CR: Have you ever worked with a conductorless orchestra before?

AS: I have not.

CR: Never having worked with a conductorless orchestra before, what are some things you are anticipating being different?

AS: Especially with this type of music, the musicians will really have to know their parts and understand their role. It will challenge them to work harder to achieve that collective sound. I haven’t worked with them yet so I have no idea what the process is going to be like. Typically when you have a conductor, there is a specific hierarchy within the orchestra because there can really only be one alpha during the rehearsal. Otherwise, you risk things falling apart because people don’t know who to listen to. It will be interesting to see how a conductorless orchestra communicates with each other, how they listen to each other, and what my role will be during the process of helping them bring the piece to life.

CR: Obviously you are involved in wanting it be collaborative, so how involved do you anticipate being with the musicians?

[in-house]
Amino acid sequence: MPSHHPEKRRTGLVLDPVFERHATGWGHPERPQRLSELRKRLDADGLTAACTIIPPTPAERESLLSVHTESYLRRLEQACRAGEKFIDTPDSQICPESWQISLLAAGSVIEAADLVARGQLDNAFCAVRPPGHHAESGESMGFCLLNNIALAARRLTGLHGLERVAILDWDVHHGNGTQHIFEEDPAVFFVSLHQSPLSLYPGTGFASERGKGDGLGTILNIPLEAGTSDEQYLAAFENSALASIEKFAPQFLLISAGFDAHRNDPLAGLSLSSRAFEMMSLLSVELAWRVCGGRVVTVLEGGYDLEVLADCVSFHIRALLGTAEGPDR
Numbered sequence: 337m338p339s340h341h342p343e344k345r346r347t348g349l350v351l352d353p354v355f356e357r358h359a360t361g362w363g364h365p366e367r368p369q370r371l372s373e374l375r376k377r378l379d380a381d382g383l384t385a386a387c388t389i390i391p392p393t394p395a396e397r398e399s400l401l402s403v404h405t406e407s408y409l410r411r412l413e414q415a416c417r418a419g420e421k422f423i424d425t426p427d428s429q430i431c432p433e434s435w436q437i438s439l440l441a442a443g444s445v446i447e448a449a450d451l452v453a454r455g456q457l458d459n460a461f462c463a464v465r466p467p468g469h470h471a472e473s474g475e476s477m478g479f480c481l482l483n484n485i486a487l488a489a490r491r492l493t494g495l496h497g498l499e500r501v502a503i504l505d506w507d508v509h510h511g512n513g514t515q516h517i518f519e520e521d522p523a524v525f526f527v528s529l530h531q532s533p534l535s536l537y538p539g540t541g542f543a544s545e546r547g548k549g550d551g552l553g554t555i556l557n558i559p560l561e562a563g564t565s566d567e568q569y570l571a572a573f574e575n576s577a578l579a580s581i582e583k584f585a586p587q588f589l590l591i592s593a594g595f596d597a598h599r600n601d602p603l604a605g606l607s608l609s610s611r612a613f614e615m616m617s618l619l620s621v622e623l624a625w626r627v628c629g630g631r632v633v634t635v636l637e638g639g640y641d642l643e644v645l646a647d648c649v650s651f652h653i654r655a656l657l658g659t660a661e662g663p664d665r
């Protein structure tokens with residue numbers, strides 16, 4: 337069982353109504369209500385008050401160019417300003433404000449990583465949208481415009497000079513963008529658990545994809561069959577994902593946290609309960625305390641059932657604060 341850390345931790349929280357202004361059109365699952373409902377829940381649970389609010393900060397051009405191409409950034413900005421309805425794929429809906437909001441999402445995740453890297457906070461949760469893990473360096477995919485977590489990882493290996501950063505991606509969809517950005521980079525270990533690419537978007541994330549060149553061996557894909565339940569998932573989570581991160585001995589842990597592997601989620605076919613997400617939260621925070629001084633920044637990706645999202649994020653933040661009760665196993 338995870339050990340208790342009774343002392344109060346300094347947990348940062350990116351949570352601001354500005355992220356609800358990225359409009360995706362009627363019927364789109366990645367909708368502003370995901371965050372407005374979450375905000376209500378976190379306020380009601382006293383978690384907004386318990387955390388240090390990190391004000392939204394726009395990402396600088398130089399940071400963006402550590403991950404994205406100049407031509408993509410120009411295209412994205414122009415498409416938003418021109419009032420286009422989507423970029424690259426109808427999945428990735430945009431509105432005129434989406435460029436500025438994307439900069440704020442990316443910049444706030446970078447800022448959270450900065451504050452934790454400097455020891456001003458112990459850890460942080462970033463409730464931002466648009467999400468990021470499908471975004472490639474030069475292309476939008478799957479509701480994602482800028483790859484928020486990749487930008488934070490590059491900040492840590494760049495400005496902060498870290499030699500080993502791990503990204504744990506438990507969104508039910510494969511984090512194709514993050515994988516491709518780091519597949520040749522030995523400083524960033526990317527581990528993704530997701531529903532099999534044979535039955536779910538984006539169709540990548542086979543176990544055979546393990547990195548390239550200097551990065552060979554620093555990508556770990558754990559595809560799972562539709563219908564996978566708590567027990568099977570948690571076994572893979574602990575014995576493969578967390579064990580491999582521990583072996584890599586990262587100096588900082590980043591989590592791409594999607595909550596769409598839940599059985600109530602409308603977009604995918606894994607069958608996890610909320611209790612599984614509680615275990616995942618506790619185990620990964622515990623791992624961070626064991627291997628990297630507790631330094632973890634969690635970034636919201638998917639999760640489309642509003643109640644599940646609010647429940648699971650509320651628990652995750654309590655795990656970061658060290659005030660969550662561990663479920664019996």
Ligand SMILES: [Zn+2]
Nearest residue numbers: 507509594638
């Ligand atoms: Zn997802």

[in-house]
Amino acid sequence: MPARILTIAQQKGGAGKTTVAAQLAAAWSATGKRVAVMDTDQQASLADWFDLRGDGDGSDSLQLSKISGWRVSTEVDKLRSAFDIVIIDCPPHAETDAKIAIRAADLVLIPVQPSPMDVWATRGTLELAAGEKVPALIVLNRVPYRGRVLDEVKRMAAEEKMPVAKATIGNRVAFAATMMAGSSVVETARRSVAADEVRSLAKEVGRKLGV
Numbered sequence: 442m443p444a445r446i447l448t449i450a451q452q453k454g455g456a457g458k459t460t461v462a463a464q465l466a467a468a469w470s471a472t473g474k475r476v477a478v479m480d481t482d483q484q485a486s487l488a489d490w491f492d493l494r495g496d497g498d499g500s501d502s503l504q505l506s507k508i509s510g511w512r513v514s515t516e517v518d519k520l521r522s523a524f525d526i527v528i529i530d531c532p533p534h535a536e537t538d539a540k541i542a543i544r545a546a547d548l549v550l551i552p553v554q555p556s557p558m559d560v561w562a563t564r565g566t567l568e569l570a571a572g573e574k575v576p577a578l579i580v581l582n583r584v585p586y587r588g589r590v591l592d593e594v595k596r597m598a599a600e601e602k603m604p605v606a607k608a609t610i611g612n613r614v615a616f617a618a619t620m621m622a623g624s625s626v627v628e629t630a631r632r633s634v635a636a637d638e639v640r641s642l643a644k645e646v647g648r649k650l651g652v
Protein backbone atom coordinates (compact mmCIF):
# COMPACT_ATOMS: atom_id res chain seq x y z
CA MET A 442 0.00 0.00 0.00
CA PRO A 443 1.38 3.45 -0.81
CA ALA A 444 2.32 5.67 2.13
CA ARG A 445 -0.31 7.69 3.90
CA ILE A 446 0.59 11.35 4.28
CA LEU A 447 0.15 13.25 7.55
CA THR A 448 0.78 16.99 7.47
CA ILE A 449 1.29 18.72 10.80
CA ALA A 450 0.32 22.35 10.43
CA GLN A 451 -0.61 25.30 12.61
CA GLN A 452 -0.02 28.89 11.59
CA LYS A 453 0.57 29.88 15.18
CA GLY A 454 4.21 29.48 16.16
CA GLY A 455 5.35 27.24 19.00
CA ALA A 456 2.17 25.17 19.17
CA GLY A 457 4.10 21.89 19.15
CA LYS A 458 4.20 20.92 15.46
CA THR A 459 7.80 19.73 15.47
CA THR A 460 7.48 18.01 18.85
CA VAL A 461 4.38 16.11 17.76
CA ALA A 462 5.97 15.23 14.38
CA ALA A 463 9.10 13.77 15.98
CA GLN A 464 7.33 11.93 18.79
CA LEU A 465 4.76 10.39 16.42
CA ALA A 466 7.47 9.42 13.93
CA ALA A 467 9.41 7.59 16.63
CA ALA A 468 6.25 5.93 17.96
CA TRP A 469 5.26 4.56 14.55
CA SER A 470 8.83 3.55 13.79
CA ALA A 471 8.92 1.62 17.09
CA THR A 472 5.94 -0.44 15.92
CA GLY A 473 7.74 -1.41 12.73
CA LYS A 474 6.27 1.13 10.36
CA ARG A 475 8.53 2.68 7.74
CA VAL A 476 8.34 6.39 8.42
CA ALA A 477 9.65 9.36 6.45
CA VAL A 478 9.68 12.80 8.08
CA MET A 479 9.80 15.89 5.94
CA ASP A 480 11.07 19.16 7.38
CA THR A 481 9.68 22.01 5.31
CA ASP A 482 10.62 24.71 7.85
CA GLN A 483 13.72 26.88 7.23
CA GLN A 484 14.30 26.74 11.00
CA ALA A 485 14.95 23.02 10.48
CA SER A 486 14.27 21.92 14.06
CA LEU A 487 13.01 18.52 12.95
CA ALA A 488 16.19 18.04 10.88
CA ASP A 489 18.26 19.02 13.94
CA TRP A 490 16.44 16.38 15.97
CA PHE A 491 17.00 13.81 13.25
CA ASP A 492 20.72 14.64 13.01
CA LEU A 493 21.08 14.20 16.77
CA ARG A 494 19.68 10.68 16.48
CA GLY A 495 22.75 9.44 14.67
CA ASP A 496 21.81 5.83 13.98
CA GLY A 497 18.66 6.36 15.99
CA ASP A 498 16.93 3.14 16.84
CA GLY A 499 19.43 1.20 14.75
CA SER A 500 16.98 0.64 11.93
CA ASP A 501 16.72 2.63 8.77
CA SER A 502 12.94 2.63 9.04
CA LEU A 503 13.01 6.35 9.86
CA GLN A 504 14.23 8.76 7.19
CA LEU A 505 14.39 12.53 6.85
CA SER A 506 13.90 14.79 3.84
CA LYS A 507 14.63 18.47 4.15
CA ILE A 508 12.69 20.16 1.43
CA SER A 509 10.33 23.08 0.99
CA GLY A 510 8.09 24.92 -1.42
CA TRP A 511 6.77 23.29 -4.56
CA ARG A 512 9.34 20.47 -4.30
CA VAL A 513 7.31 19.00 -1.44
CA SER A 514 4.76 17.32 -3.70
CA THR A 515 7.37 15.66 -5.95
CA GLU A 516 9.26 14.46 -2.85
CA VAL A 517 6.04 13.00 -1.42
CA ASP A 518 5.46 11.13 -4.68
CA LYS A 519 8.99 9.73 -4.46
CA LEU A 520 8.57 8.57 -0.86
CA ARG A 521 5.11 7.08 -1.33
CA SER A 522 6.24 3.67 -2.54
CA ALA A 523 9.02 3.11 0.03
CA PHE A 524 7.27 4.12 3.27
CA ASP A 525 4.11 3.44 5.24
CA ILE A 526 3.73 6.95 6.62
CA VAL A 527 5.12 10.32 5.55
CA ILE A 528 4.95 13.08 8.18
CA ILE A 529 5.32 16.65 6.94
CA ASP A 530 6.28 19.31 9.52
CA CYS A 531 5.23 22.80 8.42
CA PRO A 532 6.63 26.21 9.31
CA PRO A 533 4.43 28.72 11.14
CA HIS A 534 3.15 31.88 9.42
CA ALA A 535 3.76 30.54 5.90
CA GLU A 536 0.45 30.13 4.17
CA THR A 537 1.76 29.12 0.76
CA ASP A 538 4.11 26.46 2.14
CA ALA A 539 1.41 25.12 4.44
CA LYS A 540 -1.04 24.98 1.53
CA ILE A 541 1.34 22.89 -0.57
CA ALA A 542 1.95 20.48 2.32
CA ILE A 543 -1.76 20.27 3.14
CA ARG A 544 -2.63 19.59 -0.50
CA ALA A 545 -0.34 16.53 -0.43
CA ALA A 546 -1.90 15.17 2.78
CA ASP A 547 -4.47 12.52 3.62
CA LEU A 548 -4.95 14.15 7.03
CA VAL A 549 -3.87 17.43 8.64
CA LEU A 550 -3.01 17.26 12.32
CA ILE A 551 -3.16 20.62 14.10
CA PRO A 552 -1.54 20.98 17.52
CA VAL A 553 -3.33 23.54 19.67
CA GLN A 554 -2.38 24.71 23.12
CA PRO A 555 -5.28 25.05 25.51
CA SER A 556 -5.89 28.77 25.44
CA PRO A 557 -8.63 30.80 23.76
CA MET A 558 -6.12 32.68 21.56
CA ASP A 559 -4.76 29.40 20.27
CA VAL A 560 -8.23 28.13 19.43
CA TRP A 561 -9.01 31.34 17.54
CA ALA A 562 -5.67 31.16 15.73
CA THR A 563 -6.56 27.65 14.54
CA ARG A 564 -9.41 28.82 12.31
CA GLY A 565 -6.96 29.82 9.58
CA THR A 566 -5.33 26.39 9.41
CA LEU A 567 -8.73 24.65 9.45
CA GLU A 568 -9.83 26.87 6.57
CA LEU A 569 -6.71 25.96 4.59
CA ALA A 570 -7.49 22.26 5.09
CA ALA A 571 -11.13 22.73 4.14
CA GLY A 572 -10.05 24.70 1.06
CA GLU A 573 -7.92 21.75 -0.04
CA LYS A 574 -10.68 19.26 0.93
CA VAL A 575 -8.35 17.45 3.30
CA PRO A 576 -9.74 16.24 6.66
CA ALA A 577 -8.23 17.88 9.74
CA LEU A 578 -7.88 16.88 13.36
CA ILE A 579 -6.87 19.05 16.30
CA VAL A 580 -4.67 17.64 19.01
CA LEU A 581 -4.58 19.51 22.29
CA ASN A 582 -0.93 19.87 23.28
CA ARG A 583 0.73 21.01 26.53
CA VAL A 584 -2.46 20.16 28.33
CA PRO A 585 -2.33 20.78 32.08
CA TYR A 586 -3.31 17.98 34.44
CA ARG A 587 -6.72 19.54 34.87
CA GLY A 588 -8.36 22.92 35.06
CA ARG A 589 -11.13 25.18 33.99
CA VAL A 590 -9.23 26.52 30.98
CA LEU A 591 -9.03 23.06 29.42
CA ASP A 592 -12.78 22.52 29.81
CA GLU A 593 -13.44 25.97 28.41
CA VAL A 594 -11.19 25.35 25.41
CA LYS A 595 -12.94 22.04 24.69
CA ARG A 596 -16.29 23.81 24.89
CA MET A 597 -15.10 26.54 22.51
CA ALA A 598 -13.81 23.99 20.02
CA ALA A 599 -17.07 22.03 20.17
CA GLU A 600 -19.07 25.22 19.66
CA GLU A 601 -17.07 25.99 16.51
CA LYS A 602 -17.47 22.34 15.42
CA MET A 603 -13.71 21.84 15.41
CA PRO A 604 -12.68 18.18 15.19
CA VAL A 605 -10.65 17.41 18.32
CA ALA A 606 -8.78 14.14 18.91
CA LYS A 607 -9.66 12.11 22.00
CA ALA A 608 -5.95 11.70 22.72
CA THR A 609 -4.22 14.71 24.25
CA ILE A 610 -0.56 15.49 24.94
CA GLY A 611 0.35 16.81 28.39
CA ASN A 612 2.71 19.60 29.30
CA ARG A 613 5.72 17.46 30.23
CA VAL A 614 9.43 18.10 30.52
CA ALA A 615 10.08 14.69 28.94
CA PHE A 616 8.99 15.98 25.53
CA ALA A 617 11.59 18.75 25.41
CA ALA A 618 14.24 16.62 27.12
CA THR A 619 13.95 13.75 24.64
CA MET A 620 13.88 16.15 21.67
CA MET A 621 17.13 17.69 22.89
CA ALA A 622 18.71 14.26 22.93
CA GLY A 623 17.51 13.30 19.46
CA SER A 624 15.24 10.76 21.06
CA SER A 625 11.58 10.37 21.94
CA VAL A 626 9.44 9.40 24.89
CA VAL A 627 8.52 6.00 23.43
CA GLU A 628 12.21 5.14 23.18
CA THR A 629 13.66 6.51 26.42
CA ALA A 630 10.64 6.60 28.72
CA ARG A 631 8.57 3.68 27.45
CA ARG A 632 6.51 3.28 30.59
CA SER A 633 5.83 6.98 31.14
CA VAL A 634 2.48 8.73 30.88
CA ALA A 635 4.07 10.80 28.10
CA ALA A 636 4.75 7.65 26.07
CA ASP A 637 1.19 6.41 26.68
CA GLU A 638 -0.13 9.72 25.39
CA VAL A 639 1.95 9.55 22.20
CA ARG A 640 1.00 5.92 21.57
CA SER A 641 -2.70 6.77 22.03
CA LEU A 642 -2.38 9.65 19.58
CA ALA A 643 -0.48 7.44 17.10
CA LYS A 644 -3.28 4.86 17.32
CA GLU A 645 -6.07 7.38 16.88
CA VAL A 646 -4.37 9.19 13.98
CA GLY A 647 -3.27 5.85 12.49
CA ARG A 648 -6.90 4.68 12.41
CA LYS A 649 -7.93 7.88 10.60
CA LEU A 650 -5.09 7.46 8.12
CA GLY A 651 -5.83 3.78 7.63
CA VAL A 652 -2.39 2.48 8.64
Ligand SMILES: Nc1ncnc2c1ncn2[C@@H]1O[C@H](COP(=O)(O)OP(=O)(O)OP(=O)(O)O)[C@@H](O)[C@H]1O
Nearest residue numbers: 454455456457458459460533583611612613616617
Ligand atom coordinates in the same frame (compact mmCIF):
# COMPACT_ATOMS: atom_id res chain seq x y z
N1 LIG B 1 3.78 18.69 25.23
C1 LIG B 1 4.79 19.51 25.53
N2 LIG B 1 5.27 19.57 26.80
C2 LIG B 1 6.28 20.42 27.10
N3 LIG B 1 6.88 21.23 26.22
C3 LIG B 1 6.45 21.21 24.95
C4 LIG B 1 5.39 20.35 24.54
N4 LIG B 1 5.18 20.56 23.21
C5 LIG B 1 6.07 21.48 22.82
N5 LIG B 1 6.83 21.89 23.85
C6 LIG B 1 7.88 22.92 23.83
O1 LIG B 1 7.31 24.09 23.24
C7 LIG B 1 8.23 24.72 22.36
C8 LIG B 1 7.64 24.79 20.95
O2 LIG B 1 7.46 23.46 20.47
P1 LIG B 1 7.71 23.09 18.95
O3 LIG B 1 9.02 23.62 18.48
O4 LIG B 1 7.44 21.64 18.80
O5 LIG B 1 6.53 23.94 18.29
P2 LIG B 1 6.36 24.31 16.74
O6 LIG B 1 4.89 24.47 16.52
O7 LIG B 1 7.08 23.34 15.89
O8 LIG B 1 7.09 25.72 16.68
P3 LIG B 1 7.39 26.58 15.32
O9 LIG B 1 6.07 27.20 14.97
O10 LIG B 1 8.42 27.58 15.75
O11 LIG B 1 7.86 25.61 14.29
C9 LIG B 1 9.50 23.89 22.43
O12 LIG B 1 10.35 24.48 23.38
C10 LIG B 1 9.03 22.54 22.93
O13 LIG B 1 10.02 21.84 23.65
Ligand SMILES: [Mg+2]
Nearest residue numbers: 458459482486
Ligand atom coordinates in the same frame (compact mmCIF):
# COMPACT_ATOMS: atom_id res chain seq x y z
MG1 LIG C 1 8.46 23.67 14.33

AS: There’s a fascinating relationship between the composer and orchestral musicians. Sometimes people are incredibly friendly and will engage with me, and other times they will choose to keep to themselves. You sort of learn to accept the intricacies of musicians as people, because we are a very interesting breed. But, I truly love the art of collaborating with an orchestra. I love going into rehearsal and seeing what the musicians are doing. As a contemporary orchestral composer, I feel so honored when I have my music performed, but it is such a complicated process because there is never really enough rehearsal time. Historically, orchestras will steer their focus towards the standard repertoire a little more, and most new pieces are not given the type of attention that they really need. This is because unlike with standard repertoire, the musicians must first learn the new piece, and then if there is time, they can dig deeper. The rare moments when there is time to dig deeper are some of the most profound collaborations that I have had with an orchestra. To me, a conductorless orchestra requires the entire orchestra to fully be committed to the sound, and to fully come together, whereas when you are in an orchestra with a conductor some people don’t have to fully commit, which I don’t like. I want everyone to fully commit. Overall, I like to see how a collaboration evolves, because sometimes it evolves beautifully, and sometimes it doesn’t really evolve at all, but that is the nature of the experience. I am really excited to be building this relationship with Kaleidoscope because this is a younger orchestra, it is brand new, and people want them to succeed. The people who are playing believe in its concept and believe in the mission, so for me there will be more of a desire to make this the best possible experience. I have no idea what it will be like, but I am very curious to see what they do, and how it comes to life.